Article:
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Always Dreaming wins 143rd Kentucky Derby

Always Dreaming wins 143rd Kentucky Derby

LOUISVILLE, Ky. -- A trainer and jockey accustomed to success. A headstrong horse with a mind of its own. Together, they harnessed their collective talents to win the Kentucky Derby.

Always Dreaming splashed through the slop for a 2 3/4-length victory on Saturday, giving Todd Pletcher and rider John Velazquez their second victories in the race but their first together.

The New York-based duo has teamed up often over the years and is the sport's leading money winners. On their own, they were a combined 2 for 63 coming into America's greatest race.

Joining forces, they were unbeatable on a cool and rainy day at Churchill Downs.

"We have had a great relationship for a long time now, and we have won a lot of races together," Pletcher said. "This is the one we wanted to win together."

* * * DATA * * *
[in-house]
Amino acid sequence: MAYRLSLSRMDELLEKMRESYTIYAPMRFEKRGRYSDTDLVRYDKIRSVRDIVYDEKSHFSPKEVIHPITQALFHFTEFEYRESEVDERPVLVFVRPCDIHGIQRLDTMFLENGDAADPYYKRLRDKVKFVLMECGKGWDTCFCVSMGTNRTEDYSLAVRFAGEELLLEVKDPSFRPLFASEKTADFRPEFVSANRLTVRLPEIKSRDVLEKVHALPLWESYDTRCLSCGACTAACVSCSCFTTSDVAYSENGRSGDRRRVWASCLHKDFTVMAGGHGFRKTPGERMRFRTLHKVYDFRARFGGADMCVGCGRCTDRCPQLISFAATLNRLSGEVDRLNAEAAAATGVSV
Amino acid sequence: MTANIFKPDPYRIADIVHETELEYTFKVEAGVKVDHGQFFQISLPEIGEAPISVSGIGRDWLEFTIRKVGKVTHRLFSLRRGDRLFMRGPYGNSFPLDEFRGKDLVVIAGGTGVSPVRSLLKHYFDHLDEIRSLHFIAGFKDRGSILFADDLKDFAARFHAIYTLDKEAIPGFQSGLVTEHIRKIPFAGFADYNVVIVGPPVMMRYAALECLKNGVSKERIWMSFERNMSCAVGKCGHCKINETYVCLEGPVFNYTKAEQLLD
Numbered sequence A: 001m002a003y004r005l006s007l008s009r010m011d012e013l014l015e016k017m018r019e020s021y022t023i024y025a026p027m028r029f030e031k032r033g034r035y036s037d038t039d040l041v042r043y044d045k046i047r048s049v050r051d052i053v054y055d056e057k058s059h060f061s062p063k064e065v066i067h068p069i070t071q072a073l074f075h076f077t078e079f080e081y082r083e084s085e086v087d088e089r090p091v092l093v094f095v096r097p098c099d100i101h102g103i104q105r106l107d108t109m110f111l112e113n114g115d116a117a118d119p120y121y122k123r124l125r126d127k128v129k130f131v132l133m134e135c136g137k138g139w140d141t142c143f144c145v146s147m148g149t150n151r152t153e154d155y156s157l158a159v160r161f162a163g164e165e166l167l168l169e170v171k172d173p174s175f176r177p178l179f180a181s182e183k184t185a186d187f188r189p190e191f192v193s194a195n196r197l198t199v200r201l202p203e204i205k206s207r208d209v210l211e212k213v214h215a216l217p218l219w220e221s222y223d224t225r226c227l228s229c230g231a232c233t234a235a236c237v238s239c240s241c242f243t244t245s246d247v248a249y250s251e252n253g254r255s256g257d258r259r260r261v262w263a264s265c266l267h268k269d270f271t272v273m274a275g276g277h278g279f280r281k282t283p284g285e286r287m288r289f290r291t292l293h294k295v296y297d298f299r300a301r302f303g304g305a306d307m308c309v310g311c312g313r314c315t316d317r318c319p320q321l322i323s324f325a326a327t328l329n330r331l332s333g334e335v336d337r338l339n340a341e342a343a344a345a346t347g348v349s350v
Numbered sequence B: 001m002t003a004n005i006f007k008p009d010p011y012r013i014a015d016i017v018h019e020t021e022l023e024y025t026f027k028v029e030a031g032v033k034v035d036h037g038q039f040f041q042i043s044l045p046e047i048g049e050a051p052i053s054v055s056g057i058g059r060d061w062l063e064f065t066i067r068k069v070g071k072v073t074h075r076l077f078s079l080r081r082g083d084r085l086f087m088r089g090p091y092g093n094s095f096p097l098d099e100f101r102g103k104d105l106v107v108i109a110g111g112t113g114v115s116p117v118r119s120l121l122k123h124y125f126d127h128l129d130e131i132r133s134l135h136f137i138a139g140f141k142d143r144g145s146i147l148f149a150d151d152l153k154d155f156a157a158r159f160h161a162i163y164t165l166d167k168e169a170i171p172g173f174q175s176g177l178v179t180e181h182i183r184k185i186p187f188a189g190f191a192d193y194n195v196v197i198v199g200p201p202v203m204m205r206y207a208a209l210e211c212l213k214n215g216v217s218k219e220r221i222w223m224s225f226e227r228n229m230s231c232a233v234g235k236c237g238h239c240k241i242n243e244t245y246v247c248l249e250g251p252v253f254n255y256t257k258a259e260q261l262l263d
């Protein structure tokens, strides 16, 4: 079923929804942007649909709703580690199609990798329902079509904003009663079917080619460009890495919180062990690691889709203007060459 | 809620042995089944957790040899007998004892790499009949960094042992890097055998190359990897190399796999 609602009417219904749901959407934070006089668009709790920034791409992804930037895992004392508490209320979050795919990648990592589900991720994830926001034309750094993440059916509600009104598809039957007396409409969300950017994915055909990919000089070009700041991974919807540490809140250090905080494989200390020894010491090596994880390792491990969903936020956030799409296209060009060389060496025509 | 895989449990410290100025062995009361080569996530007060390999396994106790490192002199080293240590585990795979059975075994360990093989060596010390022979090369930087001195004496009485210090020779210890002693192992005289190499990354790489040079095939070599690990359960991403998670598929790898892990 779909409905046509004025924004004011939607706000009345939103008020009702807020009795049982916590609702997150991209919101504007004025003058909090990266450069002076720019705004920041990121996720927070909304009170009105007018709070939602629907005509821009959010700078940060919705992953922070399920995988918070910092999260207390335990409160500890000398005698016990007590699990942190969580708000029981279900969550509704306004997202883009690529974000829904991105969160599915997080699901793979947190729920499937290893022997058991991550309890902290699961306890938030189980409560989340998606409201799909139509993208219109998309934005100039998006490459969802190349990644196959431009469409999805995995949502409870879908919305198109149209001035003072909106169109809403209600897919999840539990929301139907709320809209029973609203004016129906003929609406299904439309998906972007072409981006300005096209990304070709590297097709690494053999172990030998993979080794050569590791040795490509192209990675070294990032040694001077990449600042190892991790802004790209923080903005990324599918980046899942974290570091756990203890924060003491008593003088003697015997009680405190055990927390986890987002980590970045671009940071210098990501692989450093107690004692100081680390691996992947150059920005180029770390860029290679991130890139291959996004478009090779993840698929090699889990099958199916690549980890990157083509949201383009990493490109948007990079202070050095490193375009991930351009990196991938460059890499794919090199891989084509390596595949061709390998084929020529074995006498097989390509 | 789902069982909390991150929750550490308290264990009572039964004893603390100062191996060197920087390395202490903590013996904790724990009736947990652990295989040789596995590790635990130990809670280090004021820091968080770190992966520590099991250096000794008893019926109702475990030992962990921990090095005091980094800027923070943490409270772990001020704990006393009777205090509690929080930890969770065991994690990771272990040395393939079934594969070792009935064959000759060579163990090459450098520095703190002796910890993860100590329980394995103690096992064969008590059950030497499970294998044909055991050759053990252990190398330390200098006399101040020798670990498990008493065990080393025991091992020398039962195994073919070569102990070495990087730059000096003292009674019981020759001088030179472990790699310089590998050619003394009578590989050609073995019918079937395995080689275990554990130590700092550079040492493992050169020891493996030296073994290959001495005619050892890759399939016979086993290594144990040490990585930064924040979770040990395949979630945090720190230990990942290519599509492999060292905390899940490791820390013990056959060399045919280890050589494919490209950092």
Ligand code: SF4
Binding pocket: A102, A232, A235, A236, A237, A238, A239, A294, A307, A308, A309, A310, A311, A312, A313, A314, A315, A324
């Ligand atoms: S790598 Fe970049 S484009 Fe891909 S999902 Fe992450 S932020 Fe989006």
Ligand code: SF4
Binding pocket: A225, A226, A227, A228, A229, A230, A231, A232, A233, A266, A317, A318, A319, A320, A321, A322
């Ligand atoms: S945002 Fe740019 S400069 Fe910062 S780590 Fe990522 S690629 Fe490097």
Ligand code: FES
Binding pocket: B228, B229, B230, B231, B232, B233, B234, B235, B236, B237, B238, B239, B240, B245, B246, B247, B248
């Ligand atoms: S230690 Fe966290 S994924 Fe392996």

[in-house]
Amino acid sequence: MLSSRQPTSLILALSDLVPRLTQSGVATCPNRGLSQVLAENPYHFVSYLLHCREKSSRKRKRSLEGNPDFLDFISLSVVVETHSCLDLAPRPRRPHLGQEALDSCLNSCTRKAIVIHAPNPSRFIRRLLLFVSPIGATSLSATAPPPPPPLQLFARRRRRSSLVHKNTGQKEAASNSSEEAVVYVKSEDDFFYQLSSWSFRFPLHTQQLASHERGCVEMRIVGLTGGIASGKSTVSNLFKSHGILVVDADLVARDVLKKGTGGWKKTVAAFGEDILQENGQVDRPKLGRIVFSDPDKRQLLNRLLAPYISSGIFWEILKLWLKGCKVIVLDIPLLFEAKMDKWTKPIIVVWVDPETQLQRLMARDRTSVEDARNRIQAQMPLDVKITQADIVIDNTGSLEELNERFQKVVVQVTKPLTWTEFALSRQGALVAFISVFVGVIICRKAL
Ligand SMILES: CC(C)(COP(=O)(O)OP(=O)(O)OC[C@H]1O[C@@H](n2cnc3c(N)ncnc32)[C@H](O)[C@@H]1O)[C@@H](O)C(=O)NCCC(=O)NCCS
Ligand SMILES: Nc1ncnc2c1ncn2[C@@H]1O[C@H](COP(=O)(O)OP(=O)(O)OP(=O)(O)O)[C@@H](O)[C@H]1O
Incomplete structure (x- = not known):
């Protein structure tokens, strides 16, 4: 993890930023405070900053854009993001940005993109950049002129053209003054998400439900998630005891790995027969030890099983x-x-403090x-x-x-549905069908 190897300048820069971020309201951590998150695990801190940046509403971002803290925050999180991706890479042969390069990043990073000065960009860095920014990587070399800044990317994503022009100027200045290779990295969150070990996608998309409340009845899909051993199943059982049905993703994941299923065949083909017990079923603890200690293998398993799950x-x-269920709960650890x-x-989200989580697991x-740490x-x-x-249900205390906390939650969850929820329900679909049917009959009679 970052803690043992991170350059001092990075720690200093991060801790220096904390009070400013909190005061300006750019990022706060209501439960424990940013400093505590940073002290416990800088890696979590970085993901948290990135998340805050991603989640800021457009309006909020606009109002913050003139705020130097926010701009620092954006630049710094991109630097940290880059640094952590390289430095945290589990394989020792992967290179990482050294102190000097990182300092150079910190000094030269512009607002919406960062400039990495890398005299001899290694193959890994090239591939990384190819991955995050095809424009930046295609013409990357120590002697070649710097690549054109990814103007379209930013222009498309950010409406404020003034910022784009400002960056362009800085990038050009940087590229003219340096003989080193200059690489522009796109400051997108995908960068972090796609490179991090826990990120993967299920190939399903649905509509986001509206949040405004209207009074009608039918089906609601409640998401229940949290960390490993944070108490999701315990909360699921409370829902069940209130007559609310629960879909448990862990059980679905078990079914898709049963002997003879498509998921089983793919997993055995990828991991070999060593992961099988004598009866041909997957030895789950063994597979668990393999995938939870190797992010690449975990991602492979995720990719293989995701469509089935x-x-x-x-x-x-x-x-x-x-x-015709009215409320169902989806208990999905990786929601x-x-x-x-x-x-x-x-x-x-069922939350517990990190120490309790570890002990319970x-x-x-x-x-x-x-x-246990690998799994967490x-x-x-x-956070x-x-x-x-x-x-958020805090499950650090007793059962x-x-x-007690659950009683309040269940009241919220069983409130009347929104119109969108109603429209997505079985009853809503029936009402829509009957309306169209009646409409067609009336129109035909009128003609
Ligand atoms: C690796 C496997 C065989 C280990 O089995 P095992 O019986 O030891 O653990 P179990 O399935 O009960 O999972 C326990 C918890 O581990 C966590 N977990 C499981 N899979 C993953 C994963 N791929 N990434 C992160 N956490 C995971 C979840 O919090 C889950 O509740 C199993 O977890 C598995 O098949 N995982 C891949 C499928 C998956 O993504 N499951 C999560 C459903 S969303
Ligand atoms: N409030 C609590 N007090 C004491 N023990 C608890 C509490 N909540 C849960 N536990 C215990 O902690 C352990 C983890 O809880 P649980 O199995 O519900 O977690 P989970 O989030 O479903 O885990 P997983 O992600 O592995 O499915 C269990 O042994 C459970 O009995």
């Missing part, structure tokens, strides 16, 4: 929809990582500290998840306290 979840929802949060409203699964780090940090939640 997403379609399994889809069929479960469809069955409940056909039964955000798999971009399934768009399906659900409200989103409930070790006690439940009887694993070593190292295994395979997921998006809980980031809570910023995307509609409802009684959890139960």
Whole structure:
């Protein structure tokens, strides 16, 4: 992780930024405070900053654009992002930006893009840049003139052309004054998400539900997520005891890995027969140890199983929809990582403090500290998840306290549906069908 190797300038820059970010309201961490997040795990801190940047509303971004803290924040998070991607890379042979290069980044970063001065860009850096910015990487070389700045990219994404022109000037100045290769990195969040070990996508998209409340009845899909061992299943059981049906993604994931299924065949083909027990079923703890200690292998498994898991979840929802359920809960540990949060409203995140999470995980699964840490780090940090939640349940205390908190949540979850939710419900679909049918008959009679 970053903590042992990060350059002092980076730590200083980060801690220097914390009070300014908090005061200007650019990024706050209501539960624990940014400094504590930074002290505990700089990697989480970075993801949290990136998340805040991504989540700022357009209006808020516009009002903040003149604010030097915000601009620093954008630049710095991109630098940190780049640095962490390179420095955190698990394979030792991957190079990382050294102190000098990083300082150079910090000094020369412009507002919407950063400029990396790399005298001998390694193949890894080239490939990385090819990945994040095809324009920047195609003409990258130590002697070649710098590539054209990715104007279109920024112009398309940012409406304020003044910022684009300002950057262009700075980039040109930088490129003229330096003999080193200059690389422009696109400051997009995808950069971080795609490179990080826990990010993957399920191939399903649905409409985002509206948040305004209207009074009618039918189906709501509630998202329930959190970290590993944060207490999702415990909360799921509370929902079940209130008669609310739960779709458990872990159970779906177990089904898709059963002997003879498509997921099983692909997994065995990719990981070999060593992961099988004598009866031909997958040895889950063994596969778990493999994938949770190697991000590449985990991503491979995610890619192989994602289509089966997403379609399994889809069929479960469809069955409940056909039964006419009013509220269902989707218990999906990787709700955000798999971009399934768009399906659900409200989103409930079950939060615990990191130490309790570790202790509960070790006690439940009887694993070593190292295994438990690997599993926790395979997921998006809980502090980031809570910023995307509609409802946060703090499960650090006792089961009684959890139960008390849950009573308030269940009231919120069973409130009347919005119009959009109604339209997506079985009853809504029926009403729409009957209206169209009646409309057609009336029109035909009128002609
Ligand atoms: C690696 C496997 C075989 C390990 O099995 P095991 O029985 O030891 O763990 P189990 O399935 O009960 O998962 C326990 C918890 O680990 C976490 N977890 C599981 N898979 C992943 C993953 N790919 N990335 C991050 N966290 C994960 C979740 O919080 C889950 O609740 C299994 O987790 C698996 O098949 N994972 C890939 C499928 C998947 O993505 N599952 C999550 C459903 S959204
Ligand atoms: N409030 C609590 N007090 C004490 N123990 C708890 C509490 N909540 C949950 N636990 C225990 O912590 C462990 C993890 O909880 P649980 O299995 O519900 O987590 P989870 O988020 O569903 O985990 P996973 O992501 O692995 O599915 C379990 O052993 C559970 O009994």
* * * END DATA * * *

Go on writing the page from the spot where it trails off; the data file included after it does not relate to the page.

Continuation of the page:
Sent off at 9-2 odds, Always Dreaming made it the fifth straight year that a Derby favorite has won, the longest such stretch since the 1970s.

He was followed across the finish line by a pair of longshots: 33-1 Lookin At Lee and 40-1 Battle of Midway.

Always Dreaming ran 1 1/4 miles in 2:03.59 and paid $11.40, $7.20 and $5.80.

"This is the best horse Todd and I have ever come to the Kentucky Derby with," Velazquez said. "Being behind me for 24 years together, a long time for him to still trust in me and give me the opportunity, it's not very often it happens in this business."

Lookin At Lee returned $26.60 and $18.20, while Battle of Midway was another five lengths back in third and paid $20.80 to show.

Pletcher won his first Derby in 2010 with Super Saver; Velazquez won the following year with Animal Kingdom.

Rarely one to show his emotions, Pletcher admitted being teary-eyed behind his sunglasses.

Going into his 17th Derby, Pletcher saddled the post-time favorite for the first time. Much had been made of his 1 for 45 Derby record.